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Hypercylindrical Volume

  1. Feb 7, 2007 #1
    I'm a Physics major and my research mentor has given me a math assignment. He described what he wanted but, since I don't have any training in this area of math, I don't really know where to turn. I am supposed to find the volume of a shape that wraps around onto itself in n dimensions. I think of it as a cylinder. Anybody know where I can find information about this?
  2. jcsd
  3. Feb 7, 2007 #2
    Use the integration techniques from multivariable calc.
  4. Feb 8, 2007 #3
    Given the vaugeness of the question, I would be tempted to just integrate the volume parameterised by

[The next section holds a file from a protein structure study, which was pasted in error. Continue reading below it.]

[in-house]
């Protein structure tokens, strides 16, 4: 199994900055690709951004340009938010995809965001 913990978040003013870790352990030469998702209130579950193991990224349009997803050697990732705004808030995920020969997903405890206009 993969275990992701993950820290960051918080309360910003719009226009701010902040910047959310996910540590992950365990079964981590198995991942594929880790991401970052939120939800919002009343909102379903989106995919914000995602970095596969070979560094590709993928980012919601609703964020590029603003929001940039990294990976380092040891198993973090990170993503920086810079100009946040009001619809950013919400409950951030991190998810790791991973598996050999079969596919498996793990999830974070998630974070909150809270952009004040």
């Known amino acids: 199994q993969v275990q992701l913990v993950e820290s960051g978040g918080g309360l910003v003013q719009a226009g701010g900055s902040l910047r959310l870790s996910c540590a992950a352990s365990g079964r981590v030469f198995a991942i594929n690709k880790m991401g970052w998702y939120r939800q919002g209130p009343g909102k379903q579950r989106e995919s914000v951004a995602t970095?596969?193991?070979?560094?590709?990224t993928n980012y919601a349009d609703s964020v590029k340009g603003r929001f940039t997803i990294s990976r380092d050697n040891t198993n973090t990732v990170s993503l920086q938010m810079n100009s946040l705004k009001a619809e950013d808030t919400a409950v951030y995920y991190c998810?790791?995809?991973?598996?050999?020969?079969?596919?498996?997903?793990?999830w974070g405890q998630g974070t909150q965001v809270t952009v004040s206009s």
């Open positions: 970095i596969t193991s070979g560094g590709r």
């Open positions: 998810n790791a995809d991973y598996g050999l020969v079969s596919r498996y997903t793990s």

[tex]S(r,\theta,z_1,z_2,\ldots,z_n) = (r\cos{\theta},r\sin{\theta},z_1,z_2,\ldots,z_n)[/tex]

    But I think the question you might have been asked was to find the volume of a hypersphere. That's easily googled. And has a few interesting properties as you move through the dimensions
    Last edited: Feb 8, 2007
  5. Feb 8, 2007 #4


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    One important property of volume is that it is additive.
    Partition your object into pieces whose volumes are easier to calculate... then add them up. That it wraps around onto itself shouldn't be a problem as long as you don't double count any volumes. (The lateral area of a cylinder ("the soup label") is the same as the area of the associated rectangle.)
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